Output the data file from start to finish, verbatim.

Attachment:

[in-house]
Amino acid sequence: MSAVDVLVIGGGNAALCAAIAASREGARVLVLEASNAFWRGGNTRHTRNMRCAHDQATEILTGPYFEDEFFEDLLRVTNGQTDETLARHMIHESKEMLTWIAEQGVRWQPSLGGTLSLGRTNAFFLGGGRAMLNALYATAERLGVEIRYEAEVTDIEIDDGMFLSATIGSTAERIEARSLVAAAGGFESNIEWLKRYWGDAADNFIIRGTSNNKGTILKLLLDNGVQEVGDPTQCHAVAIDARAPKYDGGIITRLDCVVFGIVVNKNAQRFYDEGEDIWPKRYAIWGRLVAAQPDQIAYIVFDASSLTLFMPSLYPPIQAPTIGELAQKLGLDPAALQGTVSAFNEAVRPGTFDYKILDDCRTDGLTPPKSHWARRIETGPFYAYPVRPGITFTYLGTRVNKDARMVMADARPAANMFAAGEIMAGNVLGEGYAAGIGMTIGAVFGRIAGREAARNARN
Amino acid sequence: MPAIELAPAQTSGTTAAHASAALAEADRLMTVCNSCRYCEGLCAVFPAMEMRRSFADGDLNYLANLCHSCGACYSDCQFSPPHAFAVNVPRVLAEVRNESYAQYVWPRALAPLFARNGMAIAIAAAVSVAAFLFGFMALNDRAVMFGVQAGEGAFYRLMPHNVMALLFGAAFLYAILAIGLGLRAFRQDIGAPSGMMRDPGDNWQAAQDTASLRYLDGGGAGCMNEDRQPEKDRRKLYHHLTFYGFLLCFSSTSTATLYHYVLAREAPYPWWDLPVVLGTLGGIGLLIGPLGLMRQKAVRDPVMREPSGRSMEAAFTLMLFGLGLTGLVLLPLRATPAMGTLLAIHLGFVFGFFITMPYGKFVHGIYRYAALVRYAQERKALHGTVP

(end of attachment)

[in-house]
Amino acid sequence: MSAVDVLVIGGGNAALCAAIAASREGARVLVLEASNAFWRGGNTRHTRNMRCAHDQATEILTGPYFEDEFFEDLLRVTNGQTDETLARHMIHESKEMLTWIAEQGVRWQPSLGGTLSLGRTNAFFLGGGRAMLNALYATAERLGVEIRYEAEVTDIEIDDGMFLSATIGSTAERIEARSLVAAAGGFESNIEWLKRYWGDAADNFIIRGTSNNKGTILKLLLDNGVQEVGDPTQCHAVAIDARAPKYDGGIITRLDCVVFGIVVNKNAQRFYDEGEDIWPKRYAIWGRLVAAQPDQIAYIVFDASSLTLFMPSLYPPIQAPTIGELAQKLGLDPAALQGTVSAFNEAVRPGTFDYKILDDCRTDGLTPPKSHWARRIETGPFYAYPVRPGITFTYLGTRVNKDARMVMADARPAANMFAAGEIMAGNVLGEGYAAGIGMTIGAVFGRIAGREAARNARN
Amino acid sequence: MPAIELAPAQTSGTTAAHASAALAEADRLMTVCNSCRYCEGLCAVFPAMEMRRSFADGDLNYLANLCHSCGACYSDCQFSPPHAFAVNVPRVLAEVRNESYAQYVWPRALAPLFARNGMAIAIAAAVSVAAFLFGFMALNDRAVMFGVQAGEGAFYRLMPHNVMALLFGAAFLYAILAIGLGLRAFRQDIGAPSGMMRDPGDNWQAAQDTASLRYLDGGGAGCMNEDRQPEKDRRKLYHHLTFYGFLLCFSSTSTATLYHYVLAREAPYPWWDLPVVLGTLGGIGLLIGPLGLMRQKAVRDPVMREPSGRSMEAAFTLMLFGLGLTGLVLLPLRATPAMGTLLAIHLGFVFGFFITMPYGKFVHGIYRYAALVRYAQERKALHGTVP